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Nordblad v. Deutsche Bank National Trust Co.

United States District Court, Ninth Circuit

December 30, 2013

JOHN R. NORDBLAD, Plaintiff,
v.
DEUTSCHE BANK NATIONAL TRUST COMPANY, AS INDENTURE TRUSTEE FOR NEW CENTURY HOME EQUITY LOAN TRUST 2004-2, BARBARA L. LAING, AND DOMINGO CABRERA, JR, AS INDIVIDUALS. Defendants.

ORDER GRANTING MOTIONS TO DISMISS FOR LACK OF SUBJECT MATTER JURISDICTION AND GRANTING MOTION TO EXPUNGE LIS PENDENS [DKT Nos. 10, 22, 25]

DEAN D. PREGERSON, District Judge.

Before the court are motions to dismiss under Federal Rules of Civil Procedure (12)(b)(1) and (12)(b)(6) filed by Defendants Barbara L. Laing and Domingo Cabrera, Jr. and Defendant Deutsche Bank National Trust Company ("Deutsche Bank"). (DKT Nos. 10, 22.) Also before the court is Defendants Laing and Cabrera's motion to expunge a lis pendens filed by Plaintiff in the Los Angeles County Recorder's Office. (DKT No. 25.) The motions are unopposed and suitable for adjudication without oral argument. Having considered the submissions before it, the court now adopts the following order.

I. Background

As with four previous suits, pre se Plaintiff John Norlblad brought this suit against Laing and Cabrera and Deutsche Bank in an effort to set aside a March 4, 2012 non-judicial foreclosure sale in which he lost ownership of real property located at 39943 Meadowcrest Way in Palmdale, California. Deutsche Bank acquired the property in the foreclosure sale from Atlantic & Pacific Foreclosure Services, LLC. (Laing and Cabrera's Request for Judicial Notice Exs. 2, 3.) Liang then purchased the property from Deutsche Bank on October 11, 2013. (RFJN Ex. 6.)

After Laing moved into the property, she and defendant Cabrera were served with a summons and the First Amended Complaint, as well as a "Three Day Notice to Terminate Tenancy."[1] The suit, seeking quiet title to the subject property, was filed October 11, 2013. FAC at 3-5.) On October 22, 2013, Plaintiff recorded a "Notice of Case Filing of Lis Pendens" in Los Angeles County Recorder's Office as instrument XXXXXXXXXXX. (Defendants Laing and Cabrera's RFJN Ex. 18.)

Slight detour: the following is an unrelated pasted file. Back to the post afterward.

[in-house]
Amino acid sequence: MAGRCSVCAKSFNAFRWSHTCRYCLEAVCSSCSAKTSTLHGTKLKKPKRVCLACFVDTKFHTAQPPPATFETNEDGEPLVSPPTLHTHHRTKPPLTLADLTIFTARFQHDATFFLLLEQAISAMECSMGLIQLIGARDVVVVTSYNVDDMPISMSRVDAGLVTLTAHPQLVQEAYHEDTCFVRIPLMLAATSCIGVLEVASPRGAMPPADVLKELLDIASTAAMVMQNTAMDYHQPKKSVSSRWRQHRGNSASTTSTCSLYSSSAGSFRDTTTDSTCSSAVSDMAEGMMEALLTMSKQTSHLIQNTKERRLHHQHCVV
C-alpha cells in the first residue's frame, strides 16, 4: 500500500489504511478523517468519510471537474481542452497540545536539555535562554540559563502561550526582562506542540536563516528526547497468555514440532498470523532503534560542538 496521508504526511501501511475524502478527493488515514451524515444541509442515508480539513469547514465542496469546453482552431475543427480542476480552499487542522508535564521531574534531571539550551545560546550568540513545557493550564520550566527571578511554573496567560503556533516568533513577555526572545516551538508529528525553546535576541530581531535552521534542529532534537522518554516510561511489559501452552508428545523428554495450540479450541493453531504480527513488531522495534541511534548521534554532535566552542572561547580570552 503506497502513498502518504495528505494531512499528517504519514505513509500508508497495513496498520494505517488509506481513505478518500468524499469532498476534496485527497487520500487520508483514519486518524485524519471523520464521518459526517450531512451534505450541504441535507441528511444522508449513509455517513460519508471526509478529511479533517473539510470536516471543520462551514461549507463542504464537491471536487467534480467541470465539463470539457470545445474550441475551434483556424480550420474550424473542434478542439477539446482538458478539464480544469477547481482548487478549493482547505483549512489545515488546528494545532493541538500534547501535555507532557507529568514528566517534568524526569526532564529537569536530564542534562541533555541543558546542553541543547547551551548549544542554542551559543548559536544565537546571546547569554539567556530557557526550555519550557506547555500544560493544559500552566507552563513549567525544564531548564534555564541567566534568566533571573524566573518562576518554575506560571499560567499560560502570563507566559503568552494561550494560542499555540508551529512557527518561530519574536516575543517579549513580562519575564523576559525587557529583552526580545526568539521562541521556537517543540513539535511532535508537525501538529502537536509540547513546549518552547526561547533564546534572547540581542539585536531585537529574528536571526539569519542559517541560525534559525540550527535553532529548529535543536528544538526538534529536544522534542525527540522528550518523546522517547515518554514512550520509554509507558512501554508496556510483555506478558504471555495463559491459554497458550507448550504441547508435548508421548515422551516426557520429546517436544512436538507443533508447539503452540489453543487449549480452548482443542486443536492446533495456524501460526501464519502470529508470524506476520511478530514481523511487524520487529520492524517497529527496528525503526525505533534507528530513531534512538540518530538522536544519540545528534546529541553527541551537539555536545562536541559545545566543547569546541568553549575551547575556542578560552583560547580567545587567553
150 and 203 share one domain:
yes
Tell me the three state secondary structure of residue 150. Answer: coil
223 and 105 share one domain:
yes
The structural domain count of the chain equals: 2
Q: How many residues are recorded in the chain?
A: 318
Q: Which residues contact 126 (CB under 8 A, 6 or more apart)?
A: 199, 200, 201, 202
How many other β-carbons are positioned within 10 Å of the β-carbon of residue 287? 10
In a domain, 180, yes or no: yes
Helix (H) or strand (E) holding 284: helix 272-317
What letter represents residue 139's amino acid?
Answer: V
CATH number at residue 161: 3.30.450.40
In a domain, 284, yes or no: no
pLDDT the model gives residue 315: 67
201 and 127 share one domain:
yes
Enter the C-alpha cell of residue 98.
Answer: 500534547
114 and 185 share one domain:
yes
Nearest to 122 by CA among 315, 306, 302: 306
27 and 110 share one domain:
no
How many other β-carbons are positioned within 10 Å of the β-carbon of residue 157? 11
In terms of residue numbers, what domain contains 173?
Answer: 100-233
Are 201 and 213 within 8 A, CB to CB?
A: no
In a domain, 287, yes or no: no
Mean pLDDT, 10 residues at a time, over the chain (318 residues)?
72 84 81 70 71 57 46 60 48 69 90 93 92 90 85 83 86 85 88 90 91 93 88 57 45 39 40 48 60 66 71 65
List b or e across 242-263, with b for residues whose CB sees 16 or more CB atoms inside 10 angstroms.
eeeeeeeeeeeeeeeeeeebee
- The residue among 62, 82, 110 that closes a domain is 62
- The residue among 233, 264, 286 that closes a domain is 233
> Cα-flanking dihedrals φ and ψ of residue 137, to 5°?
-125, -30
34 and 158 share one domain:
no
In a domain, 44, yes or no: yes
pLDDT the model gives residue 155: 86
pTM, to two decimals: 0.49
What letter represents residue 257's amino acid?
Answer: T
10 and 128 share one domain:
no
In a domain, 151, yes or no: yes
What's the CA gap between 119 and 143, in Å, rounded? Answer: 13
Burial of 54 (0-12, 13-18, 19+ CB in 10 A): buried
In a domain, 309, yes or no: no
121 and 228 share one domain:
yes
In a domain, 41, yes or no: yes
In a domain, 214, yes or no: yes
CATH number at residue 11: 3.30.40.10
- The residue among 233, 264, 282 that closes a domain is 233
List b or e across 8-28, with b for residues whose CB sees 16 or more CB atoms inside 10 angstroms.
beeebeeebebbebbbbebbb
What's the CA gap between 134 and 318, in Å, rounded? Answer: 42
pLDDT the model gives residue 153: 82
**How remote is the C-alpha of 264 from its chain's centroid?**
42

II. Motion to Dismiss for Lack of Subject Matter Jurisdiction

"A federal court has subject matter jurisdiction over an action that either arises under federal law, or when there is complete diversity of citizenship between the parties and the amount in controversy exceeds $75, 000." Tosco Corp. v. Cmtys. for a Better Env't , 236 F.3d 495, 499 (9th Cir. 2001). A court is required, either by a motion or sua sponte, to dismiss an action if it determines that it lacks subject matter jurisdiction. Fed.R.Civ.P. 12(h)(3); Hertz Corp. v. Friend , 130 S.Ct. 1181, 1193 (2010). Federal courts must determine they have jurisdiction before proceeding to the merits. Lance v. Coffman , 549 U.S. 437, 439(2007); Munoz v. Mabus , 630 F.3d 856 (9th Cir. 2010). "When subject matter jurisdiction is challenged under Federal Rule of Procedure 12(b)(1), the plaintiff has the burden of proving jurisdiction in order to survive the motion." Kingman Reef Atoll Investments, L.L.C. v. United States , 541 F.3d 1189, 1197 (9th Cir. 2008) (citation omitted).

Here, Plaintiff has not asserted any basis on which this court may exercise jurisdiction. Plaintiff included no discussion of subject matter jurisdiction in his complaint and did not oppose Defendants' motion. Moreover, it is apparent from the complaint and materials submitted by Defendants that this court may not exercise jurisdiction in this case. The case does not present any question of federal law, instead arising from common law fraud and state property laws. Nor is there complete diversity. Defendants Laing and Defendant Deutsche Bank are citizens of California for the purposes of diversity, as is Plaintiff. (Laing and Cabrera's RFJN, Ex. 6 (DKT No. 23); Deutsche Bank's RFJN, Ex. 16 (DKT No. 11); FAC at 1.) This court therefore lacks subject matter jurisdiction over the present suit.

Because the court lacks subject matter jurisdiction under Rule 12(b)(1), it does not reach Defendants' arguments under Rule 12(b)(6).

III. Motion to Expunge Lis Pendens

"A lis pendens is a recorded document giving constructive notice that an action has been filed affecting right or title to possession of the real property described in the notice." Kirkeby v. Superior Court of Orange Cnty. , 33 Cal.4th 642, 647 (2004). Under California law, a lis pendens may be expunged on either of two grounds: (1) the pleading on which the lis pendens is based does not contain a real property claim, or (2) the claimant has not shown a probable validity of the claim by a preponderance of the evidence. Cal. Civ. Proc. Code ยงยง 405.31, 405.32; Justo v. Indymac Bancorp , 2010 WL 623715, at *11 (C.D. Cal Feb. 19, 2010); Hunting World, Inc. V. Sup.Ct. Of San Francisco, Cal.App.4th 67, 70-71 (1994). In view of the court's dismissal of Plaintiff's case for lack of subject matter jurisdiction, there is no basis to maintain a lis pendens. See McDavid v. Wells Fargo Bank, N.A., WL 4062509, at *2 (C.D. Cal. Sept. 12, 2011).

IV. Conclusion

For the forgoing reasons, the Court GRANTS both motions to dismiss for lack of subject matter jurisdiction and GRANTS Defendants Liang and Cabrera's motion to expunge the lis pendens.

IT IS SO ORDERED.


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